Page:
T-Mobile's G1 smart phone has a critical vulnerability in Google's Android operating system that could be used by hackers, according to a leading security researcher.
Led by Charlie Miller , a researcher who has rooted out high-profile bugs in Apple Inc. 's Mac OS X and iPhone , a team from Independent Security Evaluators (ISE) identified the bug and reported it to Google last week. ISE is a Baltimore-based security consultancy where Miller works.
Miller, who declined to get specific about the vulnerability, said only that it is a buffer overflow bug that could be exploited by tricking G1 users into visiting malicious sites. "There's a chance that the attacker could execute malicious code remotely" with the same privileges as the user of the phone's browser, Miller said.
Miller said that after alerting Google, a security researcher from its Android team contacted him for more information, and to ask that he withhold information until a patch was in place. Miller refused to wait, but promised not to disclose any details or technical information that could be used by hackers.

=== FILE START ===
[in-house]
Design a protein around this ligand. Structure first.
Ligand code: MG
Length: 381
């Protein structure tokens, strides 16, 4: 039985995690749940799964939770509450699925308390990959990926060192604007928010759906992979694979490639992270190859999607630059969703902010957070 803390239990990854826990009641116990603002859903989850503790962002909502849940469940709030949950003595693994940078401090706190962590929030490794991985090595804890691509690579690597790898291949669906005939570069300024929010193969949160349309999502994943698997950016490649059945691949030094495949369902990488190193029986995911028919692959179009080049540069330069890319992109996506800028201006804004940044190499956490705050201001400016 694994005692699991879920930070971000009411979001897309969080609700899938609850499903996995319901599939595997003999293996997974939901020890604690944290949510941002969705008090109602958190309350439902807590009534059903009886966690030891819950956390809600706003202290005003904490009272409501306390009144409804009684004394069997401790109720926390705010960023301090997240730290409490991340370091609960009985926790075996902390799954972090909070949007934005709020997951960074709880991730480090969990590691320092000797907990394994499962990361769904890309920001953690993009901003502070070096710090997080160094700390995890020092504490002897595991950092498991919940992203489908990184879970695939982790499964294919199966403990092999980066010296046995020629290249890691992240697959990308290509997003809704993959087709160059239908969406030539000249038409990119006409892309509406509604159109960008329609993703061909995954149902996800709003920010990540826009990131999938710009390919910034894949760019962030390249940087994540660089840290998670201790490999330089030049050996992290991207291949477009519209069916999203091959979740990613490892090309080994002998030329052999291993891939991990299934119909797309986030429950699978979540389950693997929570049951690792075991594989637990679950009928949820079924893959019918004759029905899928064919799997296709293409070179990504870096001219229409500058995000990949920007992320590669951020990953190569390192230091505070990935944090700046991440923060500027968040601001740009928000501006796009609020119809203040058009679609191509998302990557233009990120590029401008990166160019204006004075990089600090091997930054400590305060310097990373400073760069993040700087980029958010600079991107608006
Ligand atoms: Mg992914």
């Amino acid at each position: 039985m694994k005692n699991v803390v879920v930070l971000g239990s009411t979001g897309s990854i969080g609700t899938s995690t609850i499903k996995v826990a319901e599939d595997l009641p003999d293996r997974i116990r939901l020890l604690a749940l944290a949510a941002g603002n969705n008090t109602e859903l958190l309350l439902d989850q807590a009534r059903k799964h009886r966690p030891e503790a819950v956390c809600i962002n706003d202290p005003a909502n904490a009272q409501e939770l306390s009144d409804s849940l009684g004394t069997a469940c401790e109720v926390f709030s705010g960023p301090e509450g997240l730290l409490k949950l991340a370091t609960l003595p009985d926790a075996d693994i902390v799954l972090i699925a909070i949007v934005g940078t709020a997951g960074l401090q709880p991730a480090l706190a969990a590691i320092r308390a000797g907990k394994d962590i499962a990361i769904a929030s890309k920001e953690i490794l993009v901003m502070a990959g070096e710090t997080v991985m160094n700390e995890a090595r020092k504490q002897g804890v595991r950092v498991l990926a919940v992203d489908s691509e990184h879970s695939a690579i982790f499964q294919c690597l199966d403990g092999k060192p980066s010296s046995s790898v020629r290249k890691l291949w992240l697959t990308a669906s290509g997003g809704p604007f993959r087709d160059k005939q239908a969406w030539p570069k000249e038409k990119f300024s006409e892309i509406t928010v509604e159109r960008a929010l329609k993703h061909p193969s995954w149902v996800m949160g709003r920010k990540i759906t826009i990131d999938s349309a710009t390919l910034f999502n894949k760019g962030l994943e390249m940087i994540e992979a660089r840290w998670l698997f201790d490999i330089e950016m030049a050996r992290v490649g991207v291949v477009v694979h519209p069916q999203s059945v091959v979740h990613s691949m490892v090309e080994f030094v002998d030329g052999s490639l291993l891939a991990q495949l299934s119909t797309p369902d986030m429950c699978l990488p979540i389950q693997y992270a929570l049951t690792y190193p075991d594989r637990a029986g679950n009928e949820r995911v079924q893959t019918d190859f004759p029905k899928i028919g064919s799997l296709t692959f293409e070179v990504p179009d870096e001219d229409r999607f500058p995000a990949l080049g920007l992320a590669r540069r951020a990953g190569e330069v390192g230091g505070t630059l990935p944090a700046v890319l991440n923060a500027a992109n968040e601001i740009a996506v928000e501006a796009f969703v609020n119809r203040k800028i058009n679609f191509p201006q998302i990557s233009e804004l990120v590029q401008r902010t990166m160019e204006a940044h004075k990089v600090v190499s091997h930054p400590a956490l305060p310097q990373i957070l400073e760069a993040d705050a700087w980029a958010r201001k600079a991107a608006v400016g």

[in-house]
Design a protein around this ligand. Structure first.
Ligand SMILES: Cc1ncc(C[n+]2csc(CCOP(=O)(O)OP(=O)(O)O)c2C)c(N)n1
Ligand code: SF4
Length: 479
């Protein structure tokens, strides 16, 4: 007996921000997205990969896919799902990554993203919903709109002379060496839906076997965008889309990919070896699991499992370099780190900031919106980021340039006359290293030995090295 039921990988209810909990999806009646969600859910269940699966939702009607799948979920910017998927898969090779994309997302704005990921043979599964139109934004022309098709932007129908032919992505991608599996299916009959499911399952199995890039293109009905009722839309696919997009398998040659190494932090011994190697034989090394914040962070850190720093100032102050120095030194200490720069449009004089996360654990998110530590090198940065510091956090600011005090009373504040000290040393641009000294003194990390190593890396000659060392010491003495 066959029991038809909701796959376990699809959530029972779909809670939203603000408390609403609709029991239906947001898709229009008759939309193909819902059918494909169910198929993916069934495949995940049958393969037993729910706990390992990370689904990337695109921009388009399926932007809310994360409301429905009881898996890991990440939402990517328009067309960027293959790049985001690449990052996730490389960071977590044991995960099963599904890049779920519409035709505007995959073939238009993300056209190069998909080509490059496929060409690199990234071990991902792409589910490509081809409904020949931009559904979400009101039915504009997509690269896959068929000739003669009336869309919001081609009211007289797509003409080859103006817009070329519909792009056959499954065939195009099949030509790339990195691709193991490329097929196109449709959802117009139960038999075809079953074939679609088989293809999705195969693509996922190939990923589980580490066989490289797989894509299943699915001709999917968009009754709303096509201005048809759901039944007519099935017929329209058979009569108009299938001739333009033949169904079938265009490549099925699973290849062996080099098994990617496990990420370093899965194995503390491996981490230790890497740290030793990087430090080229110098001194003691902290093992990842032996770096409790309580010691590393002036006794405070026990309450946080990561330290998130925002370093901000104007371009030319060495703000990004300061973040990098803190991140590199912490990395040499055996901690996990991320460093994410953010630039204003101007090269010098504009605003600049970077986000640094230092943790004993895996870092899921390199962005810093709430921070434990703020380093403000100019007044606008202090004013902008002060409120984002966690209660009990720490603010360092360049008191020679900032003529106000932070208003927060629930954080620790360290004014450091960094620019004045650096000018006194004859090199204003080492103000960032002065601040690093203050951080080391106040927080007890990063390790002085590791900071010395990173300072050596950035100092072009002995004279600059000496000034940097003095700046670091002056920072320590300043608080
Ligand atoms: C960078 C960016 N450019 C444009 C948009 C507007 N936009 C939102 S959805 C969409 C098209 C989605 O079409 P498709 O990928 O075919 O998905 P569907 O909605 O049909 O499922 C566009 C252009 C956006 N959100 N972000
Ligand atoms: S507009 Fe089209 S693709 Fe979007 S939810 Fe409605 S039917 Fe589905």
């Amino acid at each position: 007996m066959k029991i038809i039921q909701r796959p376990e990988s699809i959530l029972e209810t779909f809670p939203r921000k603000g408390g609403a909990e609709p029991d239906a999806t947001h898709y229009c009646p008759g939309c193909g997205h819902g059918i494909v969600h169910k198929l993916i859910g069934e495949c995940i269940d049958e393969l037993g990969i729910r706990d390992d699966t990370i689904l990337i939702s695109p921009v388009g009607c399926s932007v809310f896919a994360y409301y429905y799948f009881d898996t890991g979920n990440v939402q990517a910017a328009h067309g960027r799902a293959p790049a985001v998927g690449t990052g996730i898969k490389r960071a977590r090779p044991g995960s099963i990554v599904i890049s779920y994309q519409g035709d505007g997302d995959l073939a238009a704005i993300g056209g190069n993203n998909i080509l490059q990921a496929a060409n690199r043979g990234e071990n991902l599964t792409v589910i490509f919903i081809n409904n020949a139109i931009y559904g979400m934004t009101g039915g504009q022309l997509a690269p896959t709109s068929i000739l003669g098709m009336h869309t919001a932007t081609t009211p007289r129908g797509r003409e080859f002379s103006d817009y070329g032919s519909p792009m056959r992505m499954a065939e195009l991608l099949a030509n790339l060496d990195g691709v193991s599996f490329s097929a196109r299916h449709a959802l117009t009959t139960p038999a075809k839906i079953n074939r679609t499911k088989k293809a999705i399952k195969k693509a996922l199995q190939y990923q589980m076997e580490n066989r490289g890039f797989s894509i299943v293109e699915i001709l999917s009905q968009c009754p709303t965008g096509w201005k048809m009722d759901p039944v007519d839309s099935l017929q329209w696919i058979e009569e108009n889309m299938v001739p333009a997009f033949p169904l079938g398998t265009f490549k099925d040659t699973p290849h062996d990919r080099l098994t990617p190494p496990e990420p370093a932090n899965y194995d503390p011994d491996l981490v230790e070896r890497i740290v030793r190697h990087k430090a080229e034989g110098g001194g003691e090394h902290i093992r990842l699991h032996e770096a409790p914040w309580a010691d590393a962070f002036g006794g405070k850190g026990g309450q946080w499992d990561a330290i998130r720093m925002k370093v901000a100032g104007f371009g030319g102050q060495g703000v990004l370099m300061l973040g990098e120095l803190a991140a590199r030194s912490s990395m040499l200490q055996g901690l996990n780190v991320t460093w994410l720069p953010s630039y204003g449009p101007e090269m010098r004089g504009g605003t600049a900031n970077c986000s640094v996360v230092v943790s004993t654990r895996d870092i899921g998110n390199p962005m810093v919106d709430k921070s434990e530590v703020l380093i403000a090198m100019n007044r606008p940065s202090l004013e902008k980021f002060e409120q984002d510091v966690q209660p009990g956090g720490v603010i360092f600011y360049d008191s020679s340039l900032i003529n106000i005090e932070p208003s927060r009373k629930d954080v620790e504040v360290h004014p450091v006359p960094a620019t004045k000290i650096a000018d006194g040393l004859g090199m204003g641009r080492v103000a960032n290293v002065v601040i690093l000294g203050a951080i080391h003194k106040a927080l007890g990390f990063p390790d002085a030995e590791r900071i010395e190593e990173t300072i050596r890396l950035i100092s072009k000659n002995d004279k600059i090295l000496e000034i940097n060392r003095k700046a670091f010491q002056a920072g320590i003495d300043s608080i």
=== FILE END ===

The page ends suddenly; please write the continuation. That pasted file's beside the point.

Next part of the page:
"People should know that there's a problem with the G1 before they buy it," Miller said as he defended his actions. "I don't want to help the bad guys either, but people should have all the information before they make a decision to buy [the phone]. I think I'm totally in the right here."
Google did not respond to a request for comment, or to questions about the status of any patch for Android and the G1.
According to a more detailed warning on the ISE site, the flaw is within one of the more than 80 different open-source packages used by Google to assemble Android. Miller blamed the bug on Google's use of outdated code. "This particular security vulnerability that affects the G1 phone was known and fixed in the relevant software package, but Google used an older, still vulnerable version," said the ISE alert.
Miller declined to name the specific open-source package at fault.
Google has been caught in the same bind before. Because it used an older version of WebKit , the open-source rendering engine that also powers Apple's Safari, for the foundation of its own Chrome browser, users were at risk from attacks based on a months-old flaw that had been dubbed the "carpet bomb" bug.